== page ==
Okay, okay, okay. Not exactly a product. But ouguiya (oo-ghee-uh), the local currency, are the means to the PROMs. So as an ode to the old monetary system of bartering, trade, and commodity-backed currency (yes, Katie makes me listen to the same podcasts) - which is very much alive here in the RIM- I give you PROM 8: Ouguiya (UM for short, unit Mauritanian I think?) ~ 260UM = $1.00
27 June 2009
(insert motivational arena rock music, i.e. "Eye of the Tiger")
-Leading off, the fierce "we never have change for" 2000UM note. The highest in its class. (Approximately $7.70)
-Next up, the dominant "donnez-moi mille ouguiya" 1000UM note. The most common for large transactions (Approximately uh, $3, no, minus the 7, divide 70...approximately half of $7.70)
-Third, the elusive "greenback" 500UM note.
-Batting clean-up, the plucky "2 taxi trips" 200UM note.
-Coming in 5th, the ever present, ever dirty "big baguette buyer" 100UM note.
-Representing coinage, we have the 20 "pas de pieces" UM, the 10 "old man" UM, the useless 5 "Why am I here?" UM, and the now phased-out 1 "Why did I ever exist?" UM.
There was also a 1/5 UM coin called a khoum. If ouguiya is like a dollar, a khoum is like a cent. But it was so small and now is never used.
As far as the Peace Corps goes, we get a monthly living allowance of ouguiya that is deposited in local banks on a quarterly basis. This is a trip in itself. I have heard that in smaller regional capitals, banking is fairly simple because people are always curious about and willing to help the 'toubabs'. However, here in Nouadhibou, I find the process quite awkward and cold. (It should be noted here that I do not expect any sympathy from my fellow volunteers. The combination of being married and in an urban environment gives us access to more amenities and a higher stipend, I am only communicating my routines and experiences with the ouguiya). I always greet people at the bank, try to put on a happy face, but usually it is just business as usual and you can spend the entire day waiting if you are not pro-active or even a little pushy.
For example, not long ago, I spent the better part of a morning waiting at the bank. Fortunately, this was not entirely due to my normally passive disposition. Apparently, the bank was out of money. Since being in the RIM, we've seen food shortages, gas shortages, rational thought shortages, but this was a first. So I proceeded to wait. For 2 hours. Lines, if you can believe it, steadily began to form. I was pretty close to the front but not in the line of men along the wall. Apparently, I was in the women's line...AGAIN! (See my blog on the gas) But this time it formed around me. So I grudgingly went to the back of the men's line.
Finally, just before my will for waiting was shattered, a man arrived with a huge cardboard box filled with ouguiya. And slowly, the line deteriorated. Men who came in after me were trying to get ahead of me, so I just began elbowing my way up front just like everyone else. During this melee, I witnessed a young white moor enter the bank in a Nike jogging outfit. He looked at the line, scoffed, and went behind the counter to yell at one of the tellers. The bank manager came out and ushered this man into a back room. Moments later the manager came to the one window distributing funds, grabbed what must have been half a million in UM and went into the same back room. Soon after this the "jogger" leaves the bank with a conspicuous ouguiya shaped bulge in his pocket. Oh, just a small insignificant example of corruption in the RIM. But at the time, all I could think was, "This is the greatest injustice ever to befall man!"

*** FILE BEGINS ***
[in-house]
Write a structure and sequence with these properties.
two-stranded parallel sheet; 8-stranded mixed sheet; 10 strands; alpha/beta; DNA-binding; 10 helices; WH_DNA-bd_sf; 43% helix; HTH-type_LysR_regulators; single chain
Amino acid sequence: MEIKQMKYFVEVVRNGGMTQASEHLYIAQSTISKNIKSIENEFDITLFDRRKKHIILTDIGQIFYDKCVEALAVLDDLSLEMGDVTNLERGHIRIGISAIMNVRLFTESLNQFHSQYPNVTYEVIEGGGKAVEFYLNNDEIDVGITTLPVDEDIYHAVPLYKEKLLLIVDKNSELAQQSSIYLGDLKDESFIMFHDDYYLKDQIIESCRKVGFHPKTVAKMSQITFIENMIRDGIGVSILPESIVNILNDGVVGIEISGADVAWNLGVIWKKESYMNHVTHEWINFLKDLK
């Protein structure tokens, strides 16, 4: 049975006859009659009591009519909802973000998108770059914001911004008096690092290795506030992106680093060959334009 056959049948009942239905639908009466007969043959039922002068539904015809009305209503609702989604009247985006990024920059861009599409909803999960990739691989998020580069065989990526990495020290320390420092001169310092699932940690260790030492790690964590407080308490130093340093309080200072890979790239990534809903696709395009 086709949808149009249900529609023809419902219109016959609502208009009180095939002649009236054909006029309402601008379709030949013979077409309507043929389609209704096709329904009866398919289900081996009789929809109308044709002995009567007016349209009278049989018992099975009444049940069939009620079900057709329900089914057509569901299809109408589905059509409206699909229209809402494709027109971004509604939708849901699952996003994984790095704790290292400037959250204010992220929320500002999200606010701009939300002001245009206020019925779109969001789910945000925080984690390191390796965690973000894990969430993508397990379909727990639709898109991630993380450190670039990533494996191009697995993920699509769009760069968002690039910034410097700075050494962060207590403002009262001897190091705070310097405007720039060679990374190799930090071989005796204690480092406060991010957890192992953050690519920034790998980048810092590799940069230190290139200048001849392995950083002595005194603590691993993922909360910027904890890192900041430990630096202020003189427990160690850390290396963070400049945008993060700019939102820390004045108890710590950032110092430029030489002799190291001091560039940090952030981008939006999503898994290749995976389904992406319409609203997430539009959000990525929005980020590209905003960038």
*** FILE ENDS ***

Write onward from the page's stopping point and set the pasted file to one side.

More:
Throughout the entire process, other customers would routinely butt back into line once they were done to exchange bills that didn't pass their critical inspection. That's right, these men would go off in a corner and begin looking over all the bills. Now granted, sometimes bills can be in very bad shape. I've seen ripped, mangled, taped, stapled, nearly unidentifiable notes. And it's almost like a national game not to be the person who gets stuck with these lousy bills. But these men were returning bills with a pen mark on them or a slight tear.
People are always on the look-out for an unsuspecting person to whom they can pass one of these bills. Katie and I learned this early on and have managed to avoid them, but here's one we've been stuck with for some time. No one has taken it yet. It is actually three bills taped together. The pieces are actually in pretty good shape...not the worst I've seen...not by a long shot...I have grown to love him. His name is Oogy McPatcherson. Oh the adventures Oogy and I have had. He is one crazy UMOB.
Well, eventually, I made my transaction and departed the bank (through the back alley because they locked their doors either because the work day was long past over at 12:30, or they ran out of money again, I couldn't tell).
P.S. - thanks for all the birthday messages. It's always good to hear from someone back home.
P.P.S. - I'm on the look-out for a 1UM coin for my coin collection back home. If anyone has one that they would be willing to part with, please let me know.
Posted by Mike at 12:28 PM